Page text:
Top ten science books

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Sat Feb 26 00:17:28 EST 2000

Here is a list of the top ten science books at the moment, check them out by their links:

1. The Code Book : The Evolution of Secrecy from Mary, Queen of Scots to Quantum Cryptography
by Simon Singh


People love secrets, and ever since the first word was written, humans have written coded messages to each other. In The Code Book, Simon Singh, author of the bestselling Fermat's Enigma, offers a peek into the world of cryptography and codes, from ancient texts through computer encryption.

2. Longitude : The True Story of a Lone Genius Who Solved the Greatest Scientific Problem of His Time
by Dava Sobel

The thorniest scientific problem of the eighteenth century was how to determine longitude. Many thousands of lives had been lost at sea over the centuries due to the inability to determine an east-west position. This is the engrossing story.

3. Flu : The Story of the Great Influenza Pandemic of 1918 and the Search for the Virus That Caused It
by Gina Bari Kolata


Feeling tired, achy, and congested? You'll hope not after reading science writer Gina Kolata's engrossing Flu, a fascinating look at the 1918 epidemic that wiped out around 40 million people in less than a year and afflicted more than one of every four Americans.

4.  The Structure of Scientific Revolutions
by Kuhn, Thomas S. Kuhn

There's a "Frank & Ernest" comic strip showing a chick breaking out of its shell, looking around, and saying, "Oh, wow! Paradigm shift!" Blame the late Thomas Kuhn. Few indeed are the philosophers or historians influential enough to make it into the funny papers, but Kuhn is one.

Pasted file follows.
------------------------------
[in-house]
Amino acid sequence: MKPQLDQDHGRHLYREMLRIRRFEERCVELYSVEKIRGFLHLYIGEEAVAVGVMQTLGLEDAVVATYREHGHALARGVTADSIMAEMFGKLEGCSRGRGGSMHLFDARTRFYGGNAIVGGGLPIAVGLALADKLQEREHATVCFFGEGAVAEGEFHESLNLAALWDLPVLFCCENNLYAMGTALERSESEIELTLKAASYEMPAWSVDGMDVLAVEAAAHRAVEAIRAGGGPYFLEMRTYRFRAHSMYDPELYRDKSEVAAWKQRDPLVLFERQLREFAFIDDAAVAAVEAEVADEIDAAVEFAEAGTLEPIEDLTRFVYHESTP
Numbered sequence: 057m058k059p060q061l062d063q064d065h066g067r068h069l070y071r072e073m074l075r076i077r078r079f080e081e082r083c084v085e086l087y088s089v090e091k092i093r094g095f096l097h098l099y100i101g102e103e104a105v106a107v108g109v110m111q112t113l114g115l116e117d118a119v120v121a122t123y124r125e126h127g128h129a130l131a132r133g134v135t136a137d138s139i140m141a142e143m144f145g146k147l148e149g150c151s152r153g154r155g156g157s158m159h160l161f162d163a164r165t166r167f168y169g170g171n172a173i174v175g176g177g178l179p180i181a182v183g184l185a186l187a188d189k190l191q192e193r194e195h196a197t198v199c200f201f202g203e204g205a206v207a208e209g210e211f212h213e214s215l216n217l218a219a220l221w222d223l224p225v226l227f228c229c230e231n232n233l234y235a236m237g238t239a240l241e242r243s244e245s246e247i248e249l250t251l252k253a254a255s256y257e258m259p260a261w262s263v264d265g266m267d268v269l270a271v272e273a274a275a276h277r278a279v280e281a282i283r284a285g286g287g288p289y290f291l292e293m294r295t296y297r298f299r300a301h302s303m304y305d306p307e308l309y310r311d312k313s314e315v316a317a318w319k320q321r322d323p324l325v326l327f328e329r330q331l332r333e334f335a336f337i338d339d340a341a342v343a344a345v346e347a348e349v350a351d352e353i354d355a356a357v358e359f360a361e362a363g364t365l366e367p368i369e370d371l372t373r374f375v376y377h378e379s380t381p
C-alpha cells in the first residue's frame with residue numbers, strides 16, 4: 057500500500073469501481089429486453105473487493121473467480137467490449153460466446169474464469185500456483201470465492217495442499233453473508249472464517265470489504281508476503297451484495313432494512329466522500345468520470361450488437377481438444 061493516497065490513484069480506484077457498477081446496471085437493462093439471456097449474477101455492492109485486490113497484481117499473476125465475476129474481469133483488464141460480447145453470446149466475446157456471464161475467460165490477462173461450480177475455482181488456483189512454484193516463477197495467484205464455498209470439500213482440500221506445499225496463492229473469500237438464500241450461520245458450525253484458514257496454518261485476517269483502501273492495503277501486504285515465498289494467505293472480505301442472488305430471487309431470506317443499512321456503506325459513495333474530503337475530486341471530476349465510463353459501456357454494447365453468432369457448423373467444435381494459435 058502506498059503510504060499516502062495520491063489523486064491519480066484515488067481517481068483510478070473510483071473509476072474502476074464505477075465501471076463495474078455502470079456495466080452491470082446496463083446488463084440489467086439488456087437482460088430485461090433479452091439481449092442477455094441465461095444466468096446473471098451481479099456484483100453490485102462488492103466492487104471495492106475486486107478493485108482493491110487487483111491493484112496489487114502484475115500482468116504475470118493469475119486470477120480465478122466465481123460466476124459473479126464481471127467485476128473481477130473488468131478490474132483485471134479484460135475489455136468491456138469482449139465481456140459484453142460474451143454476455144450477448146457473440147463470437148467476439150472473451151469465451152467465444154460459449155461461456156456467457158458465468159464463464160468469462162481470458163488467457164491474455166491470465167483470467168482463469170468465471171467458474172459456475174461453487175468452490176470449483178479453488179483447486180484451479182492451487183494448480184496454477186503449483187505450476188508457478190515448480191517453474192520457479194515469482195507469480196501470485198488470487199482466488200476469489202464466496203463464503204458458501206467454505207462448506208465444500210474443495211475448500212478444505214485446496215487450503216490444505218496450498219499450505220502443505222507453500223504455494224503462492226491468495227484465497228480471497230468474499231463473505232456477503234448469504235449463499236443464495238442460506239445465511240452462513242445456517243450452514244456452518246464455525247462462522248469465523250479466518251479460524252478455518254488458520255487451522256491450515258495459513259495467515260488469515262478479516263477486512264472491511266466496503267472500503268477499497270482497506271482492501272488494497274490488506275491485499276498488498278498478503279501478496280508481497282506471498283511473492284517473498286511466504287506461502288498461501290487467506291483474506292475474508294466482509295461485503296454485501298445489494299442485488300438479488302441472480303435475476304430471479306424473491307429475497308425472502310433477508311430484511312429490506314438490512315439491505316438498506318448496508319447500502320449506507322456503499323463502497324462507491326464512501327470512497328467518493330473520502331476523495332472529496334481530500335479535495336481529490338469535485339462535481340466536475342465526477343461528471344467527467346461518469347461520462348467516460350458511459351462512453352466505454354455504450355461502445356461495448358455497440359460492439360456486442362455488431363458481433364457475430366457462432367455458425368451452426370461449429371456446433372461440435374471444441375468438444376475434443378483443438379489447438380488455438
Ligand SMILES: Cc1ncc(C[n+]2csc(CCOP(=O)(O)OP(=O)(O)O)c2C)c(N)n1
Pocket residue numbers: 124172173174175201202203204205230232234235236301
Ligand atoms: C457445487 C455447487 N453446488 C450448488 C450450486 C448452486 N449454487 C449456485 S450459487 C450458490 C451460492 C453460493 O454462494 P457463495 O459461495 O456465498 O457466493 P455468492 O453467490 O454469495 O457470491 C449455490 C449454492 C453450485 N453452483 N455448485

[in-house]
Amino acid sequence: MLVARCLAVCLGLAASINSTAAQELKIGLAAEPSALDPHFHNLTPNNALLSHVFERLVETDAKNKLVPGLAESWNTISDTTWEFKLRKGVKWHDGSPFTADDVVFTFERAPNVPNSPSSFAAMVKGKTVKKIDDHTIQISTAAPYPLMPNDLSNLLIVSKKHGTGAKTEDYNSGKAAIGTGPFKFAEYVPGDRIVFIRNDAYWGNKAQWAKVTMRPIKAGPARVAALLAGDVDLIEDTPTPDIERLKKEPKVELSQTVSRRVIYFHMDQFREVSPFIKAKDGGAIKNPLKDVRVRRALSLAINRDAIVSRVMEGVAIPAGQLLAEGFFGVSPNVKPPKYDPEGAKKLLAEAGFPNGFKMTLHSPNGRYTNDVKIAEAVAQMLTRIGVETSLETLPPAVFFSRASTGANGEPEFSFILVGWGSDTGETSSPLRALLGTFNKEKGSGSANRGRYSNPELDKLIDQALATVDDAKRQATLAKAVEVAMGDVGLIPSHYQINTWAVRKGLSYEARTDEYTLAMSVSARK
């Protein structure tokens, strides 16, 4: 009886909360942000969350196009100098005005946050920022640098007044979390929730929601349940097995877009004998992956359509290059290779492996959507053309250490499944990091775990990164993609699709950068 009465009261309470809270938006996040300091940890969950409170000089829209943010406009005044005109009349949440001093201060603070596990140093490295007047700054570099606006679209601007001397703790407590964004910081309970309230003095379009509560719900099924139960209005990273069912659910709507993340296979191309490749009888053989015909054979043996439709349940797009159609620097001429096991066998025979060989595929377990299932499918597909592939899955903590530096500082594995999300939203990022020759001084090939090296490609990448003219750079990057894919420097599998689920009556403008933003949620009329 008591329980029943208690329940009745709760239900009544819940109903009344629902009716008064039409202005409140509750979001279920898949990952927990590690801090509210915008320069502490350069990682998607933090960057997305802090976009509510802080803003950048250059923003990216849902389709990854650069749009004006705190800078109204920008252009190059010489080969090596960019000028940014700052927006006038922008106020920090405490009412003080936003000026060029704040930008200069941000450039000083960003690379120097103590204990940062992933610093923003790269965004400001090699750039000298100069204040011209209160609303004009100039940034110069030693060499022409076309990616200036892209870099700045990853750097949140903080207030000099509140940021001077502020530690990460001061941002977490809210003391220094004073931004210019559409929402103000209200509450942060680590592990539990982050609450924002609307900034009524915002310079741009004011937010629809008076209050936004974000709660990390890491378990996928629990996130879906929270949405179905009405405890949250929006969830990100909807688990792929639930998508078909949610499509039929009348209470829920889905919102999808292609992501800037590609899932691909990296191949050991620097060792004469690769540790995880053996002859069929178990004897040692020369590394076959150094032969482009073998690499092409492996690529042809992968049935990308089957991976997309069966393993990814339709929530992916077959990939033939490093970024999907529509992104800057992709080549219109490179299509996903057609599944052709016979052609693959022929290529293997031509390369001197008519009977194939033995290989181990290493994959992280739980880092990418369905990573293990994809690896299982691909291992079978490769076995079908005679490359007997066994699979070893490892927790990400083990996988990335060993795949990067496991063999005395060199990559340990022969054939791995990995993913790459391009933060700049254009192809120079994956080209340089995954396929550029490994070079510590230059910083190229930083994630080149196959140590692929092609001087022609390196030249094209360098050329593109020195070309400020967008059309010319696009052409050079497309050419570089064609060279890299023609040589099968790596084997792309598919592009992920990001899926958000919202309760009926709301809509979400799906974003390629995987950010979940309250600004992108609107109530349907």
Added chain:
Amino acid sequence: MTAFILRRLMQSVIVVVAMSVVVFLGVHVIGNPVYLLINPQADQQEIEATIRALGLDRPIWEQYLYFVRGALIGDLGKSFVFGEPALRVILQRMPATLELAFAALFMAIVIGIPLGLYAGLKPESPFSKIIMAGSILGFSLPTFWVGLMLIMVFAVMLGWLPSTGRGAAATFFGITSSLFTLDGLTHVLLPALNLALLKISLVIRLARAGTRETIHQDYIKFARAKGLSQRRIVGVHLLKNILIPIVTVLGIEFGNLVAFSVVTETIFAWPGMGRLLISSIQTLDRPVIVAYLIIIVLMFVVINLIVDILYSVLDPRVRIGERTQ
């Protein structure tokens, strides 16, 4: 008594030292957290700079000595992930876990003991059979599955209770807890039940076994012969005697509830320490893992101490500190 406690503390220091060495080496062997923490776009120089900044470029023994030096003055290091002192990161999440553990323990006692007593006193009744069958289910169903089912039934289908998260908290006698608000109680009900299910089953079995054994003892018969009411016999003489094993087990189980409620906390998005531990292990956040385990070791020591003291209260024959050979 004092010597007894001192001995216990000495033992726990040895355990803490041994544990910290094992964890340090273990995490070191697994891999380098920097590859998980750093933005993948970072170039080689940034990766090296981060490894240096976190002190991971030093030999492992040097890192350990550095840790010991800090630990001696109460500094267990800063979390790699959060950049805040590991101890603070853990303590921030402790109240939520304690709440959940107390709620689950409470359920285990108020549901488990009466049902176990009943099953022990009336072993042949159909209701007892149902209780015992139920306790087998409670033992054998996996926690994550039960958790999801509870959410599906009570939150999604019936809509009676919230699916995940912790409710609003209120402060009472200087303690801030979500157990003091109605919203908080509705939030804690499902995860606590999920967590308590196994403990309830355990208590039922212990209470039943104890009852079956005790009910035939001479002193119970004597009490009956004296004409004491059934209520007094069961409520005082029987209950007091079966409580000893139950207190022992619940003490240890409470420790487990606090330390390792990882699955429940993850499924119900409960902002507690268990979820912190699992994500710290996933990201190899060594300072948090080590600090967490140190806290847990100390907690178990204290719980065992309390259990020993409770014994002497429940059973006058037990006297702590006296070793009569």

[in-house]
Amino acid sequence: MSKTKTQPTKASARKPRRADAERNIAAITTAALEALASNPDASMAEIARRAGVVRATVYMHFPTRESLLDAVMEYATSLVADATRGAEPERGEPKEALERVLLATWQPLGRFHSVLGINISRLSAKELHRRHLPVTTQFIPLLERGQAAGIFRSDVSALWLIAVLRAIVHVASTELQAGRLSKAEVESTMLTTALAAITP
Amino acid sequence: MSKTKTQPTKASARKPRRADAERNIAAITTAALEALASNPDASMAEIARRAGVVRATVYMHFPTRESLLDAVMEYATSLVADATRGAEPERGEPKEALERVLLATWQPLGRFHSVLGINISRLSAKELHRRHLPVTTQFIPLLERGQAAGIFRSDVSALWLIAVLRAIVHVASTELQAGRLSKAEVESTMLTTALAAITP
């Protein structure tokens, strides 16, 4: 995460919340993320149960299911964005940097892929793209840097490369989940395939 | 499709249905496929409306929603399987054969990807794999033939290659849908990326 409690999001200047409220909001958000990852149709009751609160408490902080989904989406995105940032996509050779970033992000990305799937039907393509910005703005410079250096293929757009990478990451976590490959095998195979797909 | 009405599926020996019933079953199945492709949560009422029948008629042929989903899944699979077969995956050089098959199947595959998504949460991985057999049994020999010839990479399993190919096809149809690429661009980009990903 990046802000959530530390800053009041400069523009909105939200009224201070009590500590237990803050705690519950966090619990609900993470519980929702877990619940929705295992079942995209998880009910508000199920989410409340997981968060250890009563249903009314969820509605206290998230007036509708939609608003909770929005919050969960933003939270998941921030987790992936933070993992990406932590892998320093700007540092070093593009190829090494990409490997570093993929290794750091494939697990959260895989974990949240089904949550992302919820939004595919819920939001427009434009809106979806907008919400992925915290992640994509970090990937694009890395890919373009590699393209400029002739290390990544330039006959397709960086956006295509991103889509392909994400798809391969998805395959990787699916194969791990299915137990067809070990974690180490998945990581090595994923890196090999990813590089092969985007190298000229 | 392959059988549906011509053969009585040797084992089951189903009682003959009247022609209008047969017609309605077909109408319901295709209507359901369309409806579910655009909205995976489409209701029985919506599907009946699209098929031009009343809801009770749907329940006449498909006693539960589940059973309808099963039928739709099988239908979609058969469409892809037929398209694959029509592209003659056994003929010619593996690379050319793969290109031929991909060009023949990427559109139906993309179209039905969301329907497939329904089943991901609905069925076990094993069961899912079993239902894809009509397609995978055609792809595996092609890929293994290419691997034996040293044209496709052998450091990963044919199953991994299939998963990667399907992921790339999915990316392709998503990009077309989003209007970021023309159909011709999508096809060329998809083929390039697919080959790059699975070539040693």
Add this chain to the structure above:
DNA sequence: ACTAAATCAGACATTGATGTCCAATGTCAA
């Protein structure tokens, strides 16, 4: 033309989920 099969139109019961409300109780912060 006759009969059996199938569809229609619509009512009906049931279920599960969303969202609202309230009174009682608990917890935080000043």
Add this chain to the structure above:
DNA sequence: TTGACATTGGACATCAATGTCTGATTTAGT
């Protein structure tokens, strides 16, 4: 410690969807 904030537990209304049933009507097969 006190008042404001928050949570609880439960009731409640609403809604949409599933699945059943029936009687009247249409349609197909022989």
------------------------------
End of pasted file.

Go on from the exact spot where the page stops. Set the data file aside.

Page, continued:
5. The Illustrated Longitude
by Dava Sobel, William J. H. Andrewes


Dava Sobel's Longitude tells the story of how 18th-century scientist and clockmaker William Harrison solved one of the most perplexing problems of history--determining east-west location at sea. This lush, colorfully illustrated edition adds lots of pictures to the story.

6. The Knowledge Web : From Electronic Agents to Stonehenge and Back--And Other Journeys Through Knowledge
by James Burke


How is vivisection related to Stonehenge? It might take a few leaps of history, but you'll find the answer in The Knowledge Web, another of science historian James Burke's compelling collections of circular narratives that have informed and inspired astute readers for years. 

7. The River : A Journey to the Source of HIV and AIDS
by Edward Hooper, Bill Hamilton


For all the devastation and suffering AIDS has caused worldwide, we have devoted surprisingly little attention to its beginnings. Former UN official and BBC correspondent Edward Hooper hopes to find the source of AIDS in The River.

8. The Victorian Internet : The Remarkable Story of the Telegraph and the Nineteenth Century's On-Line Pioneers
by Tom Standage


Imagine an almost instantaneous communication system that would allow people and governments all over the world to send and receive messages about politics, war, illness, and family events. The government has tried and failed to control it.

9. The Discoverers : A History of Man's Search to Know His World and Himself
by Daniel J. Boorstin


Perhaps the greatest book by one of our greatest historians, The Discoverers is a volume of sweeping range and majestic interpretation. To call it a history of science is an understatement; this is the story of how humankind has come to know the world.

10. ENIAC: The Triumphs and Tragedies of the World's First Computer
by Scott McCartney


Today's computers are fantastically complex machines, shaped by innovations dreamt up by hundreds of engineers and theorists over the last several decades. Does it even make sense, then, to ask who invented the computer? McCartney thinks so.

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